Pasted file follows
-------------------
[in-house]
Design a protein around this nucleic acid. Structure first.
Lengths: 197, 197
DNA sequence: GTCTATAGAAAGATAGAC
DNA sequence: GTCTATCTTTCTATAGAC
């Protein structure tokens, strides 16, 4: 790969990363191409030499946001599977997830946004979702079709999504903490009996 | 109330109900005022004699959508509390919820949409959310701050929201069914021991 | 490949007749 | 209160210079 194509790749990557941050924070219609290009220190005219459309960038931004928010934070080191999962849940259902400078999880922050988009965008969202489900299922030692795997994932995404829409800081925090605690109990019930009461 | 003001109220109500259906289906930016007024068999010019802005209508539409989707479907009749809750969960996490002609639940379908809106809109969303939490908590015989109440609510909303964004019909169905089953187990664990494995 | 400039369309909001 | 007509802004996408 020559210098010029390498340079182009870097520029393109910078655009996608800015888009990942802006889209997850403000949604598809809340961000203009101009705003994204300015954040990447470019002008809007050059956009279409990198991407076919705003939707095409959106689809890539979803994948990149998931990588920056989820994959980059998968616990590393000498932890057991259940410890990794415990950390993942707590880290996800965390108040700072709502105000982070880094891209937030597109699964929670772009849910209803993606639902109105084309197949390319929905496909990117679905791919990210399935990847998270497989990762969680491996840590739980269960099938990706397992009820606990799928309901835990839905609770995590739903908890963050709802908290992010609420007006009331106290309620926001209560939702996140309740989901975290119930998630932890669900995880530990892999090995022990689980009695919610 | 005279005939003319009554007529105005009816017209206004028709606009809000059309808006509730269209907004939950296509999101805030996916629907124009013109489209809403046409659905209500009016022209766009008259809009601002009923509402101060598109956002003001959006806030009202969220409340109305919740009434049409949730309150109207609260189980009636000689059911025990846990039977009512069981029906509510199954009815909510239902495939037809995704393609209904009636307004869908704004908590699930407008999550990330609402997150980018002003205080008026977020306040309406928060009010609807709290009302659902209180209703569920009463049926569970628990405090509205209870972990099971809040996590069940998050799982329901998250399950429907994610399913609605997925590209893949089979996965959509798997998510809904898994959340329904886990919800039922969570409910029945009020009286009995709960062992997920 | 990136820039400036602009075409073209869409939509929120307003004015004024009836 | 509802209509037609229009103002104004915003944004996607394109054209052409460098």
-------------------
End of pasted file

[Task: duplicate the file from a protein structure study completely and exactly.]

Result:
[in-house]
Design a protein around this nucleic acid. Structure first.
Lengths: 197, 197
DNA sequence: GTCTATAGAAAGATAGAC
DNA sequence: GTCTATCTTTCTATAGAC
């Protein structure tokens, strides 16, 4: 790969990363191409030499946001599977997830946004979702079709999504903490009996 | 109330109900005022004699959508509390919820949409959310701050929201069914021991 | 490949007749 | 209160210079 194509790749990557941050924070219609290009220190005219459309960038931004928010934070080191999962849940259902400078999880922050988009965008969202489900299922030692795997994932995404829409800081925090605690109990019930009461 | 003001109220109500259906289906930016007024068999010019802005209508539409989707479907009749809750969960996490002609639940379908809106809109969303939490908590015989109440609510909303964004019909169905089953187990664990494995 | 400039369309909001 | 007509802004996408 020559210098010029390498340079182009870097520029393109910078655009996608800015888009990942802006889209997850403000949604598809809340961000203009101009705003994204300015954040990447470019002008809007050059956009279409990198991407076919705003939707095409959106689809890539979803994948990149998931990588920056989820994959980059998968616990590393000498932890057991259940410890990794415990950390993942707590880290996800965390108040700072709502105000982070880094891209937030597109699964929670772009849910209803993606639902109105084309197949390319929905496909990117679905791919990210399935990847998270497989990762969680491996840590739980269960099938990706397992009820606990799928309901835990839905609770995590739903908890963050709802908290992010609420007006009331106290309620926001209560939702996140309740989901975290119930998630932890669900995880530990892999090995022990689980009695919610 | 005279005939003319009554007529105005009816017209206004028709606009809000059309808006509730269209907004939950296509999101805030996916629907124009013109489209809403046409659905209500009016022209766009008259809009601002009923509402101060598109956002003001959006806030009202969220409340109305919740009434049409949730309150109207609260189980009636000689059911025990846990039977009512069981029906509510199954009815909510239902495939037809995704393609209904009636307004869908704004908590699930407008999550990330609402997150980018002003205080008026977020306040309406928060009010609807709290009302659902209180209703569920009463049926569970628990405090509205209870972990099971809040996590069940998050799982329901998250399950429907994610399913609605997925590209893949089979996965959509798997998510809904898994959340329904886990919800039922969570409910029945009020009286009995709960062992997920 | 990136820039400036602009075409073209869409939509929120307003004015004024009836 | 509802209509037609229009103002104004915003944004996607394109054209052409460098």